By using techniques employed by both artists in what Manz calls a 'forensic performative research', she compares the differing copyright statuses of the two artists and tests strategies to create visibility for lesser known aspects of their oeuvres that stem from archives.

Two texts that Manz found in the respective artists' archives are presented in this piece; both texts reveal valuable information on their working and thinking processes, and both include instructions. Copyrights allow the text by Taeuber to be published and circulated freely. Manz translated the text into English and published it in a dual poster edition which is available in bookshops and libraries internationally. 'Sophie Taeuber, Arp: Bemerkungen über den Unterricht im ornamentalen Entwerfen. / Remarks on the Instruction of Ornamental Design.' is a limited poster edition of Sophie Taeuber's eponimous essay which was published in 1922. The bilingual edition German / English is presented in the form of typographic ornaments that are based on Taeuber's work. Published by STUDIO 47 PRESS.

The text from a letter by Delaunay-Terk to a then famous Basel-based male sculpturor, is strictly copyright protected and cannot be published. Manz uses her extensive knowledge of legal loopholes to share the text with the public anyway. Two theoretical copyright exceptions would allow for a display of the text; 1: 'Quoting'; quotations of excerps of text are allowed as long as the quotes are not 'too long'. 2: 'Transformation'; transform the original piece so it is no longer recognizeable and it becomes its own work of art. Thus, the text is presented on 32.7 meters of handstitched text patches that are distributed over the wall in form of short quotations, arranged like strokes of paint in an abstract painting in a patchworked order that invites the viewers to create their own narrative.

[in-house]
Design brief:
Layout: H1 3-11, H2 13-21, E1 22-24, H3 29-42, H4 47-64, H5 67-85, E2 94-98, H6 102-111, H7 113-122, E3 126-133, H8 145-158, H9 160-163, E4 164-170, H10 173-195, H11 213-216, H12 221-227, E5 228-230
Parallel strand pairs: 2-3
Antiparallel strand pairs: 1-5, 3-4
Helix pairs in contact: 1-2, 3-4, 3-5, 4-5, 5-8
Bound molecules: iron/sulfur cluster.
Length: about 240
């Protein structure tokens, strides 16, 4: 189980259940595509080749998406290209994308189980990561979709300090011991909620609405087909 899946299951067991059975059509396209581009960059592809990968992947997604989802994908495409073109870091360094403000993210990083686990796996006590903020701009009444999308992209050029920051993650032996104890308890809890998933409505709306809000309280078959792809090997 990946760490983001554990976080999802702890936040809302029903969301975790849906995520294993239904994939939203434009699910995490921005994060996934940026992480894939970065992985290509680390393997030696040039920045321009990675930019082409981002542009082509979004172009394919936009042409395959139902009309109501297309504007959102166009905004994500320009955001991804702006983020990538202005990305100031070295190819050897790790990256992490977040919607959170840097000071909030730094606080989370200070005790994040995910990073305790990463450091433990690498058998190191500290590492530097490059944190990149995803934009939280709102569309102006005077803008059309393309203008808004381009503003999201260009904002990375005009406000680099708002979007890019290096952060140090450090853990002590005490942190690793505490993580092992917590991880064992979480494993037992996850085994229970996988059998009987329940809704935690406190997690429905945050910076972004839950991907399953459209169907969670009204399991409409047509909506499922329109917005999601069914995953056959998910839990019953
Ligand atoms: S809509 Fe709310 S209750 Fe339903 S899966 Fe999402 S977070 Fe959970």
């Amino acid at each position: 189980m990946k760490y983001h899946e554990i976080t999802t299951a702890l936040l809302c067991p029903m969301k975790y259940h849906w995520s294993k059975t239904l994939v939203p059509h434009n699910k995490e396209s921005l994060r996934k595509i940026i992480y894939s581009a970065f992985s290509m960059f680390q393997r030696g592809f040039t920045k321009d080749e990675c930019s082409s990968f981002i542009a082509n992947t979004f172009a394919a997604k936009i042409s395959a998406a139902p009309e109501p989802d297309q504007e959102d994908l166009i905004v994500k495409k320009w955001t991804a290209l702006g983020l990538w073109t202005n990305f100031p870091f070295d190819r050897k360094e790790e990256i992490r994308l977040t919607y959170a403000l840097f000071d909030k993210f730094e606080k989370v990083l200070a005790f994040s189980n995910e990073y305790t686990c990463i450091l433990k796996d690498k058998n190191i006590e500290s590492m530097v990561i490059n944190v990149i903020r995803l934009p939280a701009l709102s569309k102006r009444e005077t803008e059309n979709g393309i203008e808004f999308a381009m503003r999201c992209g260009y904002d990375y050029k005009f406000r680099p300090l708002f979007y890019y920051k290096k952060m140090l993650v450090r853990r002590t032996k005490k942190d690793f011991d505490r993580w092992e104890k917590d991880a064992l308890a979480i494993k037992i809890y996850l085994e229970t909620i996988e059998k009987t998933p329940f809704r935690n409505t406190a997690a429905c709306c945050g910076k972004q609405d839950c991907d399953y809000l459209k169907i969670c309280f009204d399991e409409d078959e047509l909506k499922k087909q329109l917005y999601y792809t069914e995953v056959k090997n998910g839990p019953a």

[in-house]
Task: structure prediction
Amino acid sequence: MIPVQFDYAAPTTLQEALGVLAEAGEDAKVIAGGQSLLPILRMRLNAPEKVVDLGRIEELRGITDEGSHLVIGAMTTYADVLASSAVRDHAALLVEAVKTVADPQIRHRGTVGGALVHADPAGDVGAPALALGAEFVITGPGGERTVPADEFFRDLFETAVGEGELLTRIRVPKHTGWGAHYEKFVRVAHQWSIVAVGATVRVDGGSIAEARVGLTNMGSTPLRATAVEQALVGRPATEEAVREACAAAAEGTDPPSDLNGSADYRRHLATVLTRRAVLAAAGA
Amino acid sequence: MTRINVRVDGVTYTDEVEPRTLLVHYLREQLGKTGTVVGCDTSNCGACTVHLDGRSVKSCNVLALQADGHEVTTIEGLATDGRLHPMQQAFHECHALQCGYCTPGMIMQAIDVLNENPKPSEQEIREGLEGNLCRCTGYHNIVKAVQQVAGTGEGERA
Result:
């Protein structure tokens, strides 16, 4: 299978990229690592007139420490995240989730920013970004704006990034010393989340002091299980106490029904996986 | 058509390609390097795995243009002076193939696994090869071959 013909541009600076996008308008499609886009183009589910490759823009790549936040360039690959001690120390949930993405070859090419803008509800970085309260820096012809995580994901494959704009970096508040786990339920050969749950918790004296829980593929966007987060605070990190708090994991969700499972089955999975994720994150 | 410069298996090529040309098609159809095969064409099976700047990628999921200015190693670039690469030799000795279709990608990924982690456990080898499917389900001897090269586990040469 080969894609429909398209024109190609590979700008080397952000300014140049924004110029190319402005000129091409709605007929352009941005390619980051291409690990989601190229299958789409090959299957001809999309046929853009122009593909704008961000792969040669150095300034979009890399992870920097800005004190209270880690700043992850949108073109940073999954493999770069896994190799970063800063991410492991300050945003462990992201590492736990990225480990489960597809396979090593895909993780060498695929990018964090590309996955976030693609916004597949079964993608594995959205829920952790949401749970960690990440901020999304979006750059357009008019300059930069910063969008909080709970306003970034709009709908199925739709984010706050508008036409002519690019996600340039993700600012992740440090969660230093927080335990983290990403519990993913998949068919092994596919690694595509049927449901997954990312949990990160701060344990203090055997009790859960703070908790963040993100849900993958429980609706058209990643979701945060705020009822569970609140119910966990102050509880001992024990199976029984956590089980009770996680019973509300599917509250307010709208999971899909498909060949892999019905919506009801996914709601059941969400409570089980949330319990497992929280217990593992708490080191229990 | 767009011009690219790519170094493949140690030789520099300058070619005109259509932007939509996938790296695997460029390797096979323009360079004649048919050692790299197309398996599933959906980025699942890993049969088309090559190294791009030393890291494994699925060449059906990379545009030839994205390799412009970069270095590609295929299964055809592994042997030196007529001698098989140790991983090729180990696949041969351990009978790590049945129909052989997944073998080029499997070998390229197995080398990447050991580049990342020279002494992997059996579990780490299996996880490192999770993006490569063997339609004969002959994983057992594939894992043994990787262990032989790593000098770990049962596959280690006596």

The installations is completed by a series of patchworked 'simulationist' carpets made from re-used and handdyed fabrics from the artist's closet, that mathematically synthesize selected designs by Delaunay-Terk and Taeuber. While the designs that served as the carpets' basis remain recognizable, the carpets' copyright status is unclear on closer inspection; the designs include distinctive forms by Delaunay-Terk, but they are presented in grids taken from Taeuber, and whereas the colour patterns synthasize both artist's usage of shades and constrasts. Once the line of which where the one begins and the other ends is blurred, the legal categories of 'public domain' and 'copyright protected' are subverted in favour of the question of 'who owns the artwork'.

'Synthèses Simulationoistes' was made possible with the support of Pro Helvetia.


    1. According to Johnson Okpaluba in 'Appropriative practices and copyright' there are 3 kinds of appropriation in art; Simulationism: Appropriation of a style or genre - and not an existing work - to produce a new work in that manner / Appropriation of images: virtually unaltered and without attribution of the author or copyright owner / Montage : Incorporation of existing images from multiple sources into a new, autonomous work.